Fixed rate expenses for the self employed – it’s now legal. By Phil Williams

  • Andrew Guntert
  • 18 July 2013 00:00

The Finance Bill received Royal Assent on 17th July 2013 and, amongst the many changes, is the introduction of the use of fixed rate expense adjustments for most unincorporated businesses. This is the first time (unless anyone can tell me otherwise) that statute has allowed a fixed rate deduction to be used instead of actual costs for the calculation of business income tax liabilities. Yes, we have had a non-statutory mileage rate scheme for businesses under the VAT threshold but now any size of unincorporated business can use them. So even partners in accountancy firms can use fixed rates for their cars and use of home (unless you have gone after the tax advantages of incorporating your business or having a corporate partner).

Most attention will perhaps be the use of the flat rate for business mileage for cars for those clients whose turnover is above the VAT registration threshold. The decision to use flat rates for the car must be made before capital allowances are claimed. Key considerations will be:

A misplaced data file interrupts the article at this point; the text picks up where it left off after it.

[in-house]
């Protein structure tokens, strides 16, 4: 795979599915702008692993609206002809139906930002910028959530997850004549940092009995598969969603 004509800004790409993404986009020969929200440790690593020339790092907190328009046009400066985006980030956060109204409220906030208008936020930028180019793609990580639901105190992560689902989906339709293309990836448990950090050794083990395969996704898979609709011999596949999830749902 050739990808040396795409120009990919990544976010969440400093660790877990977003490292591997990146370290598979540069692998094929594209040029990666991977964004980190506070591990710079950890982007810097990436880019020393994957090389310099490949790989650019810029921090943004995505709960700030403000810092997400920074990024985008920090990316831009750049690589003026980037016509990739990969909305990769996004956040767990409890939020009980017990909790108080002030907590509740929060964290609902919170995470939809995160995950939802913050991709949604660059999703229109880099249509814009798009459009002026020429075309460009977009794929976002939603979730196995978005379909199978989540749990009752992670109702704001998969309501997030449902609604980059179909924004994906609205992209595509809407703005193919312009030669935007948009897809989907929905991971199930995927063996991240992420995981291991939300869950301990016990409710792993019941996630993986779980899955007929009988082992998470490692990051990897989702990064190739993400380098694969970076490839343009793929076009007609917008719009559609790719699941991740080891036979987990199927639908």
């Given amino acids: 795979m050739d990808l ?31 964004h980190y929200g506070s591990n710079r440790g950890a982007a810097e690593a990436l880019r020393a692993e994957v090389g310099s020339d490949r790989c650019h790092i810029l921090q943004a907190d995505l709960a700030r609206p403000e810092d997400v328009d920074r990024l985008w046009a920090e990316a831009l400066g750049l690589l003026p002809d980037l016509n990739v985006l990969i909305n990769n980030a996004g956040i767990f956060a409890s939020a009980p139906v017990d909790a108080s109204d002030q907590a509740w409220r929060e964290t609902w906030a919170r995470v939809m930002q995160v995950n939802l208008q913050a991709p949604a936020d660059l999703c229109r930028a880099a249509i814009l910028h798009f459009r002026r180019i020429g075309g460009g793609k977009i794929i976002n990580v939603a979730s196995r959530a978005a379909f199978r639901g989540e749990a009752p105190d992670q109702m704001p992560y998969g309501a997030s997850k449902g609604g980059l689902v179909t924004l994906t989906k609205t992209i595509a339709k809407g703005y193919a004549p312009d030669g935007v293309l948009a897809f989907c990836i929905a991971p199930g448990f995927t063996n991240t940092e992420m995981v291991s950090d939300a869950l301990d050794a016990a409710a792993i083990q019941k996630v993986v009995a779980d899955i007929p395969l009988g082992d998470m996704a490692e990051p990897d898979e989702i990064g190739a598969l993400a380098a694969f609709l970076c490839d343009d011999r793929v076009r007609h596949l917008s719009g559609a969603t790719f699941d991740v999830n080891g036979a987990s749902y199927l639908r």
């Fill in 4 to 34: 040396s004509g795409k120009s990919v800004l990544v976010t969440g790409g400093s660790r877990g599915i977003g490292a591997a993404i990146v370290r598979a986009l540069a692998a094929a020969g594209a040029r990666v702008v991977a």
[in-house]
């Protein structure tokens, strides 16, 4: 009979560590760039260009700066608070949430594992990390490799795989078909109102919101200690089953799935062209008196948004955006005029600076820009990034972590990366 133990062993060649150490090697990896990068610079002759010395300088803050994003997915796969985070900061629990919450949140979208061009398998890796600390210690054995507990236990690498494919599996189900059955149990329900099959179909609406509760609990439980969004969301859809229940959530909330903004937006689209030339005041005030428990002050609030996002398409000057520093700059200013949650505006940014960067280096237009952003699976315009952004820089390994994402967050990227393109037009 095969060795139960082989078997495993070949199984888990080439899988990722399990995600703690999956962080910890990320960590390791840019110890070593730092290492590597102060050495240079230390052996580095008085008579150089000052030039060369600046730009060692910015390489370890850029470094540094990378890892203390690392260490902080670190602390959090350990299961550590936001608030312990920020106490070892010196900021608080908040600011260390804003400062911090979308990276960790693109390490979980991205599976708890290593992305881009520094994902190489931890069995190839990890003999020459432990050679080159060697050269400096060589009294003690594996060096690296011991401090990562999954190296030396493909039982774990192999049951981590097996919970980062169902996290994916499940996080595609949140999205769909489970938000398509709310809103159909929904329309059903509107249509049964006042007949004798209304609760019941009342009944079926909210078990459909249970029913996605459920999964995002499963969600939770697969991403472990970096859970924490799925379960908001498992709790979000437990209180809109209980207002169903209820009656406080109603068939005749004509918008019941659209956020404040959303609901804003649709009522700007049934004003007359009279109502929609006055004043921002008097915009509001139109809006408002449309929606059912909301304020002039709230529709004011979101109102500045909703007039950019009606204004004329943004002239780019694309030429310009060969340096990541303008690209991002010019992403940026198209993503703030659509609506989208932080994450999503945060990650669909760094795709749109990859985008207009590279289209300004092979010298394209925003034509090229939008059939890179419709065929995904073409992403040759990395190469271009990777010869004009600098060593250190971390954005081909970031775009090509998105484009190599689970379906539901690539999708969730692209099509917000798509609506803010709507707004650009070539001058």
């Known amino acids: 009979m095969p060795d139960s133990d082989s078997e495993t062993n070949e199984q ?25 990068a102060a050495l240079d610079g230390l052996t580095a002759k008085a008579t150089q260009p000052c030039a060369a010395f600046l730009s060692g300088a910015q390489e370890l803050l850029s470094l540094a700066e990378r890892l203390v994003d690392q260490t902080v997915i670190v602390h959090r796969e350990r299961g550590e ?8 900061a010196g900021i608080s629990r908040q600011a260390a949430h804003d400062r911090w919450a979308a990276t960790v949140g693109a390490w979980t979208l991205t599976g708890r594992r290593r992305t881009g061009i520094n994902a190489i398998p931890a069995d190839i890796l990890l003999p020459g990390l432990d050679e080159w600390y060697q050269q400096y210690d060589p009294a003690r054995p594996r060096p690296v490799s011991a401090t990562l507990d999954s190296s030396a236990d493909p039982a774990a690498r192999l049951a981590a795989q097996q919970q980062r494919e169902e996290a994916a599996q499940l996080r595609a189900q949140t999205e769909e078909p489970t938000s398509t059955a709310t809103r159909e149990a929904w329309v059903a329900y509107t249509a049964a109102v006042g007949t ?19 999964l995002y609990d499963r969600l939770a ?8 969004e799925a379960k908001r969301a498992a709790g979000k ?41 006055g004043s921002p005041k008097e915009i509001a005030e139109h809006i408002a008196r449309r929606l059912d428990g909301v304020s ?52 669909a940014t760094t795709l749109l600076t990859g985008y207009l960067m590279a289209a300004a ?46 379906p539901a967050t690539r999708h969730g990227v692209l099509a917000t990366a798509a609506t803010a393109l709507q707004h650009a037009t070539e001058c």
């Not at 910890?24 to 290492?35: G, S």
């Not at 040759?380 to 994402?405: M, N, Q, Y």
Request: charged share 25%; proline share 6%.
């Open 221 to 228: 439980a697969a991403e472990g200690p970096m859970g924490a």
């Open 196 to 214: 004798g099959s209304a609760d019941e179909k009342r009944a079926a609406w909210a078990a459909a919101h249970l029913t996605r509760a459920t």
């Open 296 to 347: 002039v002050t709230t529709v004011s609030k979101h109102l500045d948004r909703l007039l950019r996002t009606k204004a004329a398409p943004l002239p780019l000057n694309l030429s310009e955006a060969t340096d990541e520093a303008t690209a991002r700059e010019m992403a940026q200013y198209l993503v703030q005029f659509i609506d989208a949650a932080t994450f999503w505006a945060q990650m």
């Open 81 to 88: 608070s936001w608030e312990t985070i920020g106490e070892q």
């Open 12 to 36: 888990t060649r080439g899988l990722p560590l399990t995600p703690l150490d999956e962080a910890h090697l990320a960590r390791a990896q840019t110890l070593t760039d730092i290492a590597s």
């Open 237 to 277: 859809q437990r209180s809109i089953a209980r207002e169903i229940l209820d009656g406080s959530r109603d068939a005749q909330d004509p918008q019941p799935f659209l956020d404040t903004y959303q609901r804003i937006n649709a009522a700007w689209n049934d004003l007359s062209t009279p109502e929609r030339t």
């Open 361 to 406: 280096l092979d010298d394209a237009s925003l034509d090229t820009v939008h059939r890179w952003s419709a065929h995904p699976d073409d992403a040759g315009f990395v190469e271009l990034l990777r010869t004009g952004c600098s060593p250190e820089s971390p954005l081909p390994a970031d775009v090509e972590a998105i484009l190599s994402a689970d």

• expected mileage on business;• how much depreciation in value do you expect to suffer;• how many miles per gallon is achieved in the car;• how much will the garage sting you for servicing.

The important point is that the rates given are not dependent on the value and fuel efficiency of the car. I can see partners getting out their calculators even as I write this blog....

When it comes to the use of home for business, many may consider the flat rates are not particularly generous particularly as the rate, according to HMRC, is for all household running costs, including telephone and broadband/internet costs. This may encourage some to want to go through the bother of intricate calculations of the number of rooms used in the home for business and business use proportions. A useful statement in the HMRC brief on the fixed rate expenses was:

'If a business does not wish to use the simplified expenses for business use of home, then where private use of telephone/internet costs does not form a significant proportion of the service use, we will accept that the full amount of expenditure can be claimed.'

The use of fixed rates is optional and so your clients will need your help in deciding whether to use these rates. The statutory flat rates are operable for 2013/14 not 2012/13 and so a decision can be made next year. I would suggest however that it is better to let your clients know now. Knowledge of the rates may affect a decision to buy a replacement car and it will affect the type of business records that should be kept.

Returning to the title of this blog - 'Fixed rate expenses for the self employed - it's now legal' - I know some of you will be saying you have used fixed rates for years, particularly for the use of the home for business. Well you may have, but it wasn't tax law!

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